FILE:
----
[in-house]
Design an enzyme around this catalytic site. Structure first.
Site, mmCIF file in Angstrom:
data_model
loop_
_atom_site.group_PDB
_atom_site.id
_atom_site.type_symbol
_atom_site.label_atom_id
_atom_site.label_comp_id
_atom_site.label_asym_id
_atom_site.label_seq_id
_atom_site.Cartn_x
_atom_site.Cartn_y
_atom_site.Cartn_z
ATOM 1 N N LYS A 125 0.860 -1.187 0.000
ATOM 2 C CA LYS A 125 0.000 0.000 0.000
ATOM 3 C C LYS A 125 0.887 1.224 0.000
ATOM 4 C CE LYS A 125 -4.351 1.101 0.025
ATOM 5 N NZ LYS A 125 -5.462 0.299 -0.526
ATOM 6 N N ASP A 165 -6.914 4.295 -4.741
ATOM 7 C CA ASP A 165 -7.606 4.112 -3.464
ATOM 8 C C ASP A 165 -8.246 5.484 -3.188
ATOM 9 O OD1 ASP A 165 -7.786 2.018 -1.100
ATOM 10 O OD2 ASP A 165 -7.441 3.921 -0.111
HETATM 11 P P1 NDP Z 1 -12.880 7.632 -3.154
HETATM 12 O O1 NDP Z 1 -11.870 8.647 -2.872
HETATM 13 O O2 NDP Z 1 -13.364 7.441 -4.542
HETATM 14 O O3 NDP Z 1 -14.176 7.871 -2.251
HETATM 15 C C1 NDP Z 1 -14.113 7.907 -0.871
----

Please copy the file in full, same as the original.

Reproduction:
[in-house]
Design an enzyme around this catalytic site. Structure first.
Site, mmCIF file in Angstrom:
data_model
loop_
_atom_site.group_PDB
_atom_site.id
_atom_site.type_symbol
_atom_site.label_atom_id
_atom_site.label_comp_id
_atom_site.label_asym_id
_atom_site.label_seq_id
_atom_site.Cartn_x
_atom_site.Cartn_y
_atom_site.Cartn_z
ATOM 1 N N LYS A 125 0.860 -1.187 0.000
ATOM 2 C CA LYS A 125 0.000 0.000 0.000
ATOM 3 C C LYS A 125 0.887 1.224 0.000
ATOM 4 C CE LYS A 125 -4.351 1.101 0.025
ATOM 5 N NZ LYS A 125 -5.462 0.299 -0.526
ATOM 6 N N ASP A 165 -6.914 4.295 -4.741
ATOM 7 C CA ASP A 165 -7.606 4.112 -3.464
ATOM 8 C C ASP A 165 -8.246 5.484 -3.188
ATOM 9 O OD1 ASP A 165 -7.786 2.018 -1.100
ATOM 10 O OD2 ASP A 165 -7.441 3.921 -0.111
HETATM 11 P P1 NDP Z 1 -12.880 7.632 -3.154
HETATM 12 O O1 NDP Z 1 -11.870 8.647 -2.872
HETATM 13 O O2 NDP Z 1 -13.364 7.441 -4.542
HETATM 14 O O3 NDP Z 1 -14.176 7.871 -2.251
HETATM 15 C C1 NDP Z 1 -14.113 7.907 -0.871